The Great Gatsby Essays

  • The Great Gatsby

    997 Words  | 4 Pages

    effects of wealth, his egoism and self-confidence, and his alcoholism. After this unsuccessful novel, he moved to Hollywood and became a scriptwriter. He died of a heart attack in 1940, at age 44, with his final novel only half completed. The Great Gatsby, published in 1925, is considered Fitzgerald's finest work. This novel centers in Nicks and Gatsby's strange friendship and his pursuit of a married woman named Daisy, which lead to his exposure as a bootlegger and eventually his death. Although

  • Desire In The Great Gatsby

    1506 Words  | 7 Pages

    Desire in The Great Gatsby Desire can lead people in many different directions -- some good, and some bad. Desire can confuse people, and give them false hope. This makes them commit actions without thinking about consequences.Throughout the book, The Great Gatsby, desire influenced the choices of Gatsby, Daisy, Tom, and Myrtle. First, Gatsby desires to have Daisy and will do anything to get her attention. Throughout the book Gatsby tries many different ways to catch Daisy’s attention. For instance

  • Why Is Gatsby Great

    1387 Words  | 6 Pages

    Any average person would desire to be a “Gatsby” who is extremely wealthy, widely idolized, and seemingly impeccable. Indeed, what makes Gatsby great is his lavish lifestyle and self-earned wealth. However, the more one observes Gatsby, the more one realizes that his epithet is incongruous with his actual character. Not only is the major factor that makes him remarkable, wealth, a result of illegal bootlegging, but he seems to contradict his ‘greatness’ in various instances in the novel. This leaves

  • Homosexuality In The Great Gatsby

    564 Words  | 3 Pages

    The Great Gatsby: Analysis The Great Gatsby is a novel about a man named Nick Carraway. Nick is the narrator and is the neighbor of a very wealthy man who goes by the name, Gatsby. Throughout the novel, it is made clear that all of the men are womanizers, including Nick. But it is also inferred that Nick is a homosexual. Fitzgerald implied in the novel that Nick, the narrator, had a homosexual affair with a photographer. This novel was set in the 1920’s, and at that time, it would have been shameful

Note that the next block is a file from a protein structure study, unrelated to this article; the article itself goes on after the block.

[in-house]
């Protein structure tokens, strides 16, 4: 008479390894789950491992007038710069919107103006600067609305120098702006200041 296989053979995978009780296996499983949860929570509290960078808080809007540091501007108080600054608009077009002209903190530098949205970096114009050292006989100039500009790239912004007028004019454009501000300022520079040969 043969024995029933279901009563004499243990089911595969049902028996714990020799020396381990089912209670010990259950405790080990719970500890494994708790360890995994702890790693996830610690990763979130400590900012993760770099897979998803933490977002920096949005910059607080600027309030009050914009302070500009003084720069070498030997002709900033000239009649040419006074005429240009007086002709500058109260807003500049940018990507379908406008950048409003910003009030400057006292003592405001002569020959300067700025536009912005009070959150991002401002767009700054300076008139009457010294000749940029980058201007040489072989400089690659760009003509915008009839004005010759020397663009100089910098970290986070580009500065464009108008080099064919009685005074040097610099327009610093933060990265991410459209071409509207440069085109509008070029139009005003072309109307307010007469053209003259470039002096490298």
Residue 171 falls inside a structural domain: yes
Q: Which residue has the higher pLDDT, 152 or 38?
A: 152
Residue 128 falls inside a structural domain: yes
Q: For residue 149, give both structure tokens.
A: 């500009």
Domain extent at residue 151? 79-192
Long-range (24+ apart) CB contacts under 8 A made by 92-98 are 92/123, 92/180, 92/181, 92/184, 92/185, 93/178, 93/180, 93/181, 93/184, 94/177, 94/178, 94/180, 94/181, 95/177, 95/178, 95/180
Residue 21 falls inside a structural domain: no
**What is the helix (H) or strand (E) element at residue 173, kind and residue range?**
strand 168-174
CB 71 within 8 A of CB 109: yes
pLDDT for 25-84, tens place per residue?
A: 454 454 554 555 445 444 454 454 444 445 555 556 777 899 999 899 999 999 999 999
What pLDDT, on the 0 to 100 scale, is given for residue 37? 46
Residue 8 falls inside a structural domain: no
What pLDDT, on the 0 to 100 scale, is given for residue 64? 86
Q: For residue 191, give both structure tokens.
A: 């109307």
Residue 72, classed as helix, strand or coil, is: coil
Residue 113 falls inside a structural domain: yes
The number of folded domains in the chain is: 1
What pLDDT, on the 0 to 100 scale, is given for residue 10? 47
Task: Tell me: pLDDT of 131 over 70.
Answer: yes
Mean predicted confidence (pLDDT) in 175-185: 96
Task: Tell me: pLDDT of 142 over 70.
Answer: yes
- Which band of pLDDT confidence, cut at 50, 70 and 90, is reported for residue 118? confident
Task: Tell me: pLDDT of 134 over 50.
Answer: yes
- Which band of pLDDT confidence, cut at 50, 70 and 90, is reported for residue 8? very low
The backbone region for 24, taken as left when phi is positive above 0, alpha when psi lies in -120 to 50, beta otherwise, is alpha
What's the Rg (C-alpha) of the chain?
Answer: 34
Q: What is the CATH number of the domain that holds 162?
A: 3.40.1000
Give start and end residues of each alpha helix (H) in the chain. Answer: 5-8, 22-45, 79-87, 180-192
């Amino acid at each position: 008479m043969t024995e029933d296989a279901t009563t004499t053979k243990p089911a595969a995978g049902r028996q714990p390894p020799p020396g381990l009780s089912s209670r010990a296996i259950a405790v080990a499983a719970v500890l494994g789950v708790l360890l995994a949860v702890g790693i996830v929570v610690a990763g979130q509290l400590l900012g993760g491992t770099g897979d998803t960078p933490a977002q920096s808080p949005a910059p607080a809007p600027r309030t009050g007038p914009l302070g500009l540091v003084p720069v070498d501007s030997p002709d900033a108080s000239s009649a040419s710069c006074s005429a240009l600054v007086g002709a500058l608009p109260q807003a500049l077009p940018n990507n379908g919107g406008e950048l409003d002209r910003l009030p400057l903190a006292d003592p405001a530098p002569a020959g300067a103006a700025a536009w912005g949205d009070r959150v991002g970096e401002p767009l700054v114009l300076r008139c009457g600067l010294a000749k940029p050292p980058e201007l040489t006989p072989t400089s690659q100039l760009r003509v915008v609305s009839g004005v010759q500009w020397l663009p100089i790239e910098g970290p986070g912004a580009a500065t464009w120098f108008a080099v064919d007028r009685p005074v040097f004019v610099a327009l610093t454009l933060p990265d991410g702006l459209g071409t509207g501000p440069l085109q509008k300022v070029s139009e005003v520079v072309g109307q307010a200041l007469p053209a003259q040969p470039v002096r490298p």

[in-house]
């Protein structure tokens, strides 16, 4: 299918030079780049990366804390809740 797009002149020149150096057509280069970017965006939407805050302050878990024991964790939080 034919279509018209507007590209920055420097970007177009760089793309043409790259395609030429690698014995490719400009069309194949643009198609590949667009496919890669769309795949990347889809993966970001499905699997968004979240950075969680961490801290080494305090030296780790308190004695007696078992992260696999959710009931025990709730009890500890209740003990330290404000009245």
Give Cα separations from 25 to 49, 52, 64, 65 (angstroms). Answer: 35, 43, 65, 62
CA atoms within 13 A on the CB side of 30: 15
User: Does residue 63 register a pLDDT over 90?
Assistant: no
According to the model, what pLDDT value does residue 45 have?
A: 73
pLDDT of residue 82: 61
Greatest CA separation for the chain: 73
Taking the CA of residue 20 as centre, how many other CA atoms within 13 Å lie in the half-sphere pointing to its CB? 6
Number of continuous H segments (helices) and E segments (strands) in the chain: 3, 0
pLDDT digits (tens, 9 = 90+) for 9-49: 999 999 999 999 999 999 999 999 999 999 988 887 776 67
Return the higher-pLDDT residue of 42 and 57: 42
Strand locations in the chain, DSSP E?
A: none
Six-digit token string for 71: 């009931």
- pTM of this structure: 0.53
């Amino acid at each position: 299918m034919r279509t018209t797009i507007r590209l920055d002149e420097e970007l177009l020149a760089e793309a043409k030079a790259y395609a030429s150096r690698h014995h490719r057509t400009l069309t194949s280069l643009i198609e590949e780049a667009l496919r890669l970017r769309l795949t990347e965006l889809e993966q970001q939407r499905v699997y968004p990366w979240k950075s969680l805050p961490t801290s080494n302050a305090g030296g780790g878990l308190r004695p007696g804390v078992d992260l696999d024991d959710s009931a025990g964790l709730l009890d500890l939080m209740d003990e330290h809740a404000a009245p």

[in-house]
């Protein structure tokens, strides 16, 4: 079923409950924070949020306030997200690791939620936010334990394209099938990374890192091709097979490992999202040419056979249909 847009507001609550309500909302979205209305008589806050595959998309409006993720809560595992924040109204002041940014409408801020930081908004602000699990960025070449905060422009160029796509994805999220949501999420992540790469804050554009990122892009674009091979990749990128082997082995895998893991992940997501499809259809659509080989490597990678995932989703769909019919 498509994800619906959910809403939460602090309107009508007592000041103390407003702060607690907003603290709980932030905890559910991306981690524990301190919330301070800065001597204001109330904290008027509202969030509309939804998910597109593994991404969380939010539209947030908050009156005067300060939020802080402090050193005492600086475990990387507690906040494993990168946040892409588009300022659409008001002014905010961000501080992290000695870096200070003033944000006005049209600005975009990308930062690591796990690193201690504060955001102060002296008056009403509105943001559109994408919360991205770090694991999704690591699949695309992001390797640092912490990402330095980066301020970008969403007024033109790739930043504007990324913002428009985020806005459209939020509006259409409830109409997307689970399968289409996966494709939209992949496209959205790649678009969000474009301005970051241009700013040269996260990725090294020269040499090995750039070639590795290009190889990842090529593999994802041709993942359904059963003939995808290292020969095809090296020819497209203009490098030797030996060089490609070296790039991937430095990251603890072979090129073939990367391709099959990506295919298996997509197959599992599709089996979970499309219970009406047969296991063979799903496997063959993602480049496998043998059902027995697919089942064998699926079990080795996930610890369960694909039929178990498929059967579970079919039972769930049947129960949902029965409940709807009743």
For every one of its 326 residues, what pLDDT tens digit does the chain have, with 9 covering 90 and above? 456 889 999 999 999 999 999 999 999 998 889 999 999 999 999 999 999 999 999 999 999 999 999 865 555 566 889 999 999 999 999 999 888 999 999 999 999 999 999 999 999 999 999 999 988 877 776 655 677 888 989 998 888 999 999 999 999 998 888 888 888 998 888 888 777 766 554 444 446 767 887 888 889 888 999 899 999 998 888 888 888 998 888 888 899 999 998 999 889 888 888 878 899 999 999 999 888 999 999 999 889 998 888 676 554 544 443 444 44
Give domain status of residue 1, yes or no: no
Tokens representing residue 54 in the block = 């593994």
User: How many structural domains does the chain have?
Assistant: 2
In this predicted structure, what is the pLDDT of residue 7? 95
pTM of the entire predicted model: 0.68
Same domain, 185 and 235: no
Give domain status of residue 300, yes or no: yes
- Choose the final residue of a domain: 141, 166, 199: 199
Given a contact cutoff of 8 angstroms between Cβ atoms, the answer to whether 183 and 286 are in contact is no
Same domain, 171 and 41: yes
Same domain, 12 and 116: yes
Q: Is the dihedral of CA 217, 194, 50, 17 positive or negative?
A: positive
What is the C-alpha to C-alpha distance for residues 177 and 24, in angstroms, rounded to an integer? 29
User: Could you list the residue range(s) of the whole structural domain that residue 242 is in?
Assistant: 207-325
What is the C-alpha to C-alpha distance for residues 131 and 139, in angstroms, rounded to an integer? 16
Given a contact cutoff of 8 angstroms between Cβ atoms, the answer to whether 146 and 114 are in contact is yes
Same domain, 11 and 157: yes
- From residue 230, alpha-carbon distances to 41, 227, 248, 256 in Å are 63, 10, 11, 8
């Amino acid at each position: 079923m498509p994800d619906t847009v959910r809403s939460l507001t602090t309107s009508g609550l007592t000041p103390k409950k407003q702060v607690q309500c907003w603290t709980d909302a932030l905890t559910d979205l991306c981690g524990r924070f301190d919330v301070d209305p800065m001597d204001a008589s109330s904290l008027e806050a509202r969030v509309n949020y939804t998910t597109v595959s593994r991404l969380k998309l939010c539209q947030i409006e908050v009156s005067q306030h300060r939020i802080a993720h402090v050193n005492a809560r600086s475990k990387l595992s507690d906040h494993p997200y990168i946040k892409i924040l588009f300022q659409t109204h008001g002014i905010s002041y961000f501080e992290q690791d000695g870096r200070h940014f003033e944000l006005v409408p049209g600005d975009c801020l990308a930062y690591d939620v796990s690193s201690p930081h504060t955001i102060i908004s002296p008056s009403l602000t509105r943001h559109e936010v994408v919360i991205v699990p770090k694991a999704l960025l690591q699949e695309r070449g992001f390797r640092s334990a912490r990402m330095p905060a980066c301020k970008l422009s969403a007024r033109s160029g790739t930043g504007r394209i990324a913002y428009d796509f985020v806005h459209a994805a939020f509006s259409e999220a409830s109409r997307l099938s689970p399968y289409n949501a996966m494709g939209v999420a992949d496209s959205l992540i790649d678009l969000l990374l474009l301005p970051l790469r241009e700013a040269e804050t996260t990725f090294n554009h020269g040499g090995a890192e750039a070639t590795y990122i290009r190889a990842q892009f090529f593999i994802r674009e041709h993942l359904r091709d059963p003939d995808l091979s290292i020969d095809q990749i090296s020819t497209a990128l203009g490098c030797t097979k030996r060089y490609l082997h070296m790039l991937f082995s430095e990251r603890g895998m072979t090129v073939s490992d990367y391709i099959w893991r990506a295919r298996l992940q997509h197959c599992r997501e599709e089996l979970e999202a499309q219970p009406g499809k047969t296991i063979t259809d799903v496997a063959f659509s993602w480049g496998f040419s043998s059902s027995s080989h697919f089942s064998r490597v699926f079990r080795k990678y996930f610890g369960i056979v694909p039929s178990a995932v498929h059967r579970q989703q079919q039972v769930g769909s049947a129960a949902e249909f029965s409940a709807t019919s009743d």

• Boundaries In The Great Gatsby

    1398 Words  | 6 Pages

    In the book “The Great Gatsby” the story centers around a character named Gatsby, and the story of his dreams being reached, but there are many hardships that need to be pushed through in order to reach his dream. This dream is something he wants, but can’t reach for it is but a fantasy created to help cope with the reality of the harsh world. This same statement could be used on the dreams of many illegal immigrants, or just people coming to the united states, and that’s the American dream. These

  • The Great Gatsby Analysis

    450 Words  | 2 Pages

    saying is true. Nick carefully introduces Gatsby in the novel, and later reveals the truth about how Gatsby’s real name was ‘James Gatz- that was really, or at least his legally name...” (Fitzgerald 98). Nick is evidently aware of the truth of Gatsby but does not provide the information that he already knew. “James Gatz – that was really, or at least legally his name…” (Fitzgerald 98) “the truth was…” (Fitzgerald 98) before explaining the real story of Gatsby, proving he was previously aware of the

  • Capitalism In The Great Gatsby

    1490 Words  | 6 Pages

    In Fitzgerald’s The Great Gatsby we see this theme played out through the character of Daisy. During the writing of Gatsby Fitzgerald weaves in aspects of his own life where he was on the receiving end of this characteristic of human nature. “With Gatsby, [F. Scott Fitzgerald] creates a character with a similar situation to his own; he is motivated to become wealthy after his love interest, Daisy, marries a very wealthy man rather than waiting for Gatsby to earn his income” (Wood, 2007

  • Response To The Great Gatsby

    744 Words  | 3 Pages

    How does F.’s confidence in Max challenge/reinforce what we think of the author? Based on the letters I think that Fitzgerald and Maxwell had a close relationship, Fitzgerald relied on Maxwell many times throughout his journey of writing The Great Gatsby for guidance and direction of how to write his chapters. He also asked for opinions on the naming of his novels. Fitzgerald also named his wife by name instead of referring to her by title of “ my wife”, he also told Maxwell about their living

  • Symbolism In The Great Gatsby

    554 Words  | 3 Pages

    The American Dream has been a part of our history since the beginning of time. In the Declaration of Independence, all men are equal and have the right to life, liberty and the pursuit of happiness. In the Great Gatsby, the American dream has been highly misleading, as one can see from reading both the book and watching the movie. The idea of the American dream had been altered for people in the 1920’s manipulated the idea. The way that the novel differs from the movie is in the movie you’re able

  • Illusion In The Great Gatsby

    1001 Words  | 5 Pages

    Oftentimes, people would mask their true identities and put up a facade to ensure they were not alienated by the elite. Within the novel The Great Gatsby, F. Scott Fitzgerald uses the theme of illusion being mistaken for reality to portray the constant need to conform to the societal norms of the elite in order to fit in. Coming from humble origins in North Dakota, Gatsby dreams of becoming a member of the upper class upon seeing how its members, like Dan Cody,